INVERNESS COUNTY: One swimmer passed away and four others were rescued at beaches in Inverness County last weekend.

On Saturday, July 22, just before 2 p.m., Inverness District RCMP responded to a report of a suspected drowning at Port Hood Beach.

A 59-year-old man and a 64-year-old woman, both from Sydney, had been swimming in the ocean, but after a period of time required assistance to get back to shore. The woman was brought safely back while the man, after several attempts at resuscitation, was pronounced dead. The woman was later transported to the hospital with non-life threatening injuries.

Lifesaving efforts were assisted by lifeguards from Nova Scotia Lifeguard Services, Emergency Health Services, and local first responders. The matter is still under investigation and RCMP will be working with the Nova Scotia Medical Examiner’s Office to determine the cause of death.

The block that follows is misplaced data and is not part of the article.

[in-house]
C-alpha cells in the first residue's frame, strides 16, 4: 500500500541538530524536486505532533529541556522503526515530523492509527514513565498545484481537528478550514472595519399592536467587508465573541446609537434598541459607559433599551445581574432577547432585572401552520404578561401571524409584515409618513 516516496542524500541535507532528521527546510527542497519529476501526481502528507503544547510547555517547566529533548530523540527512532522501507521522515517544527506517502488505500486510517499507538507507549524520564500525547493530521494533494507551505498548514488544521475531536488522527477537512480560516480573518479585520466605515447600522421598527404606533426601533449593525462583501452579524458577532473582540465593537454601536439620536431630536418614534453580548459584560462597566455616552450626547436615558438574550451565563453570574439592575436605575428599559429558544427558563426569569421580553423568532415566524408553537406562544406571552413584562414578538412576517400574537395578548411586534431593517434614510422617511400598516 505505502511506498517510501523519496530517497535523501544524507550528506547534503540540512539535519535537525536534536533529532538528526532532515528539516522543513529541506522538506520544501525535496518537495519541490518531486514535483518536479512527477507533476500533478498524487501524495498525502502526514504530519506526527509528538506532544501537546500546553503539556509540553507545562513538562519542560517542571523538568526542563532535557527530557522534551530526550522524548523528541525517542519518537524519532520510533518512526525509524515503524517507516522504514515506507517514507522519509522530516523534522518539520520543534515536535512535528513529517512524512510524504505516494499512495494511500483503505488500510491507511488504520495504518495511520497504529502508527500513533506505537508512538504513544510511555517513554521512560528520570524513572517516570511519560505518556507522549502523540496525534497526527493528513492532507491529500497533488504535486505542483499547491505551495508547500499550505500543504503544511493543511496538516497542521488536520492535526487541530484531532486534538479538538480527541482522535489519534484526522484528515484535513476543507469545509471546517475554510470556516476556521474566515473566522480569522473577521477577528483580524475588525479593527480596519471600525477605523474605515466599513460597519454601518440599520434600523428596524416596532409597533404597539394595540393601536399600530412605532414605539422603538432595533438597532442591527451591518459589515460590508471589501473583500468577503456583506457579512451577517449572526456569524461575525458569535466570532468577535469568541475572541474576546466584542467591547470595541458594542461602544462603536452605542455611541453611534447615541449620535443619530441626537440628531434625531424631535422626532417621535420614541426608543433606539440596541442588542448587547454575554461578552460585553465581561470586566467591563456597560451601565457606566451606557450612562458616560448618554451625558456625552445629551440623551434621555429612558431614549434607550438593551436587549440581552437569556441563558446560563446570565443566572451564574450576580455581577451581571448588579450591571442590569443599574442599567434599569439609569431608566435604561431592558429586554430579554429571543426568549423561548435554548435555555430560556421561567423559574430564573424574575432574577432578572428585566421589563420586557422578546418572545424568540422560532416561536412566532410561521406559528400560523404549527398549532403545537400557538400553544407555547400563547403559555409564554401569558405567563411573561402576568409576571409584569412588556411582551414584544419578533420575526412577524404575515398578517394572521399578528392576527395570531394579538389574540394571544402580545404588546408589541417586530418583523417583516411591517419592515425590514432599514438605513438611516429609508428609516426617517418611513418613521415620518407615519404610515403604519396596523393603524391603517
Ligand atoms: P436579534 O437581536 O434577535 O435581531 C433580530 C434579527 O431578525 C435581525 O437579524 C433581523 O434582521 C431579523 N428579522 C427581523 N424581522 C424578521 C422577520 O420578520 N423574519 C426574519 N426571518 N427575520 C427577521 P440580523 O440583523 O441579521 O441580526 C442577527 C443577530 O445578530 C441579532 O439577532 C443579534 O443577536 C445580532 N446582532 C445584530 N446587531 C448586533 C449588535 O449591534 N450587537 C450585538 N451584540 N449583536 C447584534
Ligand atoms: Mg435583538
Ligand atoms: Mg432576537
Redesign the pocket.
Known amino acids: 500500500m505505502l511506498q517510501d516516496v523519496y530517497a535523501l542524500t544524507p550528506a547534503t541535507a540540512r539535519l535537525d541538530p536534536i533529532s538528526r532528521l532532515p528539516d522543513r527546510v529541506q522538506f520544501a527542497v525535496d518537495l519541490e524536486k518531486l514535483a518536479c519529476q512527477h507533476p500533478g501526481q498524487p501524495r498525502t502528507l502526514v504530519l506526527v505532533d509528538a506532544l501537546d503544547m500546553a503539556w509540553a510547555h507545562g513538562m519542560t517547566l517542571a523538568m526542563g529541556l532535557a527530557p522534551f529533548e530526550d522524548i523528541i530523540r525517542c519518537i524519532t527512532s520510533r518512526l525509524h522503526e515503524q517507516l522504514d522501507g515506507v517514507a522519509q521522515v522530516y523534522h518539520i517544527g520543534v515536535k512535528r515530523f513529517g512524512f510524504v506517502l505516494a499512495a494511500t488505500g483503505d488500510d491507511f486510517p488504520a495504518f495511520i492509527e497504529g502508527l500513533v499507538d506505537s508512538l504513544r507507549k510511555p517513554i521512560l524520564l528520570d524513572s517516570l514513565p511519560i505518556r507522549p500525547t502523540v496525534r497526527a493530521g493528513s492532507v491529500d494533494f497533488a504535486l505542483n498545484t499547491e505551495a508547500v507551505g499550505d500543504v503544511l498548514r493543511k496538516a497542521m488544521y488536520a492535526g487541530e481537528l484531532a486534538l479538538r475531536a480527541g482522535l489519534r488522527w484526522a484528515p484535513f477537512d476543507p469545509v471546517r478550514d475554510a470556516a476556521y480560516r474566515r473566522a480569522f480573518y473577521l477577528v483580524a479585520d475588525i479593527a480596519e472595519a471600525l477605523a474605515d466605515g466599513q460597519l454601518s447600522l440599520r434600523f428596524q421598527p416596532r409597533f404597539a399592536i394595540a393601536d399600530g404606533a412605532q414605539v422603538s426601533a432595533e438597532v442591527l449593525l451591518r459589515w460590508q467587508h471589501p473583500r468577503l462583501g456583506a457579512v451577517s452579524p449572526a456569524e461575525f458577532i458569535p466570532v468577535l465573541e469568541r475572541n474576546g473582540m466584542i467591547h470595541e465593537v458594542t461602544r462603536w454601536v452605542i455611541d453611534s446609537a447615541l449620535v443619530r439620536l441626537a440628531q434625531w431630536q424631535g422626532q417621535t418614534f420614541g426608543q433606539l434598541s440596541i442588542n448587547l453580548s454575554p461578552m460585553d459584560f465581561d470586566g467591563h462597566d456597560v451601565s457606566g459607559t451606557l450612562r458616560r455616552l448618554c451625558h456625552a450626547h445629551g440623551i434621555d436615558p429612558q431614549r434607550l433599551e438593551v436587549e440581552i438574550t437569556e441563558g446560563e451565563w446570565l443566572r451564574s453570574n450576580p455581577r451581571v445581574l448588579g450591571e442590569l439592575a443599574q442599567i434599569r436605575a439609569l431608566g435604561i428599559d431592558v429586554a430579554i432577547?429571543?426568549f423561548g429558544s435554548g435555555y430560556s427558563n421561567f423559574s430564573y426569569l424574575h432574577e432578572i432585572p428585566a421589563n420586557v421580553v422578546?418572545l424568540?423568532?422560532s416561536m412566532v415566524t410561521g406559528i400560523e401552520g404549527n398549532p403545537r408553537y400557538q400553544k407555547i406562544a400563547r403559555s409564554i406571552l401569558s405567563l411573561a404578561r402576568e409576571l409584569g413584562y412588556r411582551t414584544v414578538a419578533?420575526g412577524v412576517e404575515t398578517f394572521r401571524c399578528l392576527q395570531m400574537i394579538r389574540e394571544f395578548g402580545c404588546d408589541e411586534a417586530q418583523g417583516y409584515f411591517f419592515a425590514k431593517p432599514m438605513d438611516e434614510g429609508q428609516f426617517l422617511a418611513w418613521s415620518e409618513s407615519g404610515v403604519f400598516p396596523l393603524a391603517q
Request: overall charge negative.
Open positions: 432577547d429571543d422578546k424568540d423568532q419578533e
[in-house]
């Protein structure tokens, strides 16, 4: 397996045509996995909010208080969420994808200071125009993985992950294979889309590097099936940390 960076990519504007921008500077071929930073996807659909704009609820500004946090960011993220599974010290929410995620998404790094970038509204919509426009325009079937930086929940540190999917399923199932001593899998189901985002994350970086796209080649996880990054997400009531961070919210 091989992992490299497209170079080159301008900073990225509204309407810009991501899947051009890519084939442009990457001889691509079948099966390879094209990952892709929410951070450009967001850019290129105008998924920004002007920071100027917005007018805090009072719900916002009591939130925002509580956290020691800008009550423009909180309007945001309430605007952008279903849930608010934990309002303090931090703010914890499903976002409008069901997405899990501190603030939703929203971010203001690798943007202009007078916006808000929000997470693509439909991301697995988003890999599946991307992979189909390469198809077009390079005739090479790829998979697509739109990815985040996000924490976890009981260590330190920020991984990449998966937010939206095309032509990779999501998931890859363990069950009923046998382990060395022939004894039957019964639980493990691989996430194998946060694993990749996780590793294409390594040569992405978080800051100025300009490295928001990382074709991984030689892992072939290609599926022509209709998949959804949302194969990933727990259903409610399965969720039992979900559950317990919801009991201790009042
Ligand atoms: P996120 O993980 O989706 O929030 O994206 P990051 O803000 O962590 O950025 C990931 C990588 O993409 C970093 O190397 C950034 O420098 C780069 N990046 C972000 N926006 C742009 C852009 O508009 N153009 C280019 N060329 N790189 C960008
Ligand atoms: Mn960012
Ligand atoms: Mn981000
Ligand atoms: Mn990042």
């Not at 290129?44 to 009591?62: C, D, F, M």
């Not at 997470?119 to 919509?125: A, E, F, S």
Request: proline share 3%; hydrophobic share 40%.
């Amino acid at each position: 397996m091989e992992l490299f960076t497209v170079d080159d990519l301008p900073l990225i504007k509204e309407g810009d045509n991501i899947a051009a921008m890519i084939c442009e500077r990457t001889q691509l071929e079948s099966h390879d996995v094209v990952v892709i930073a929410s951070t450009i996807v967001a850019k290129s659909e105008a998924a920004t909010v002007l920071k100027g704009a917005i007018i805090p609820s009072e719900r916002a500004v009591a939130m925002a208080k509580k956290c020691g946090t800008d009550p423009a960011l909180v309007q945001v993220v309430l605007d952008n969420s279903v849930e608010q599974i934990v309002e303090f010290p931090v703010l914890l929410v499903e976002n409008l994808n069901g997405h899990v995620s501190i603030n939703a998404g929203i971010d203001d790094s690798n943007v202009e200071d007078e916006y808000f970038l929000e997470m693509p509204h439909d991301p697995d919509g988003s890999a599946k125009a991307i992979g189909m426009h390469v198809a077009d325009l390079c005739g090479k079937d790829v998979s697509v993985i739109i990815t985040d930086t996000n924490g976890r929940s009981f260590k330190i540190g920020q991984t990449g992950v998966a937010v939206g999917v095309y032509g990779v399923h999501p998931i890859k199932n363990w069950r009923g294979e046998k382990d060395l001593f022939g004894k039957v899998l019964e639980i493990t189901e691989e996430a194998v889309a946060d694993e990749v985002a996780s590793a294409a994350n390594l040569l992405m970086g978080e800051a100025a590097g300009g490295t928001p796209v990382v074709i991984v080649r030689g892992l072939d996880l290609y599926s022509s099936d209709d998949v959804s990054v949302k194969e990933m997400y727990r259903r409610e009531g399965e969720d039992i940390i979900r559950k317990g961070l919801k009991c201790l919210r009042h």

Paul D’Eon, the director of the Nova Scotia Lifeguard Service, said the two people were swimming in a supervised area when a lifeguard was asked for help.

“The lifeguard noticed a lady waving and calling for help,” he said. “She responded immediately, approximately 30 meters from the shoreline. She got to the man and he was conscious and responsive. As she carried him into the shore, he became increasingly less responsive and by the time she got him to the beach, he was unconscious and non-breathing.”

D’Eon said lifeguards administered CPR and oxygen, and attempted defibrillation before first responders arrived.

On the same day, three people needed assistance at Inverness Beach, where D’Eon said there were large waves.

“We had closed the beach the day before and had closed it up until shortly after lunch,” he said. “We had someone approach the lifeguards at approximately 2:30 p.m. They told us there were people [300 meters down the beach] that couldn’t get in and looked to be stuck out on the waves.”

D’Eon said two lifeguards responded, with one bringing in a father and son while the other brought in the mother.

“The lady had swallowed a bunch of water and was subsequently transported by Emergency Health Services for observation only,” he said.

D’Eon urged people to take caution with big waves, noting Inverness and North Shore beaches can become “quite treacherous.”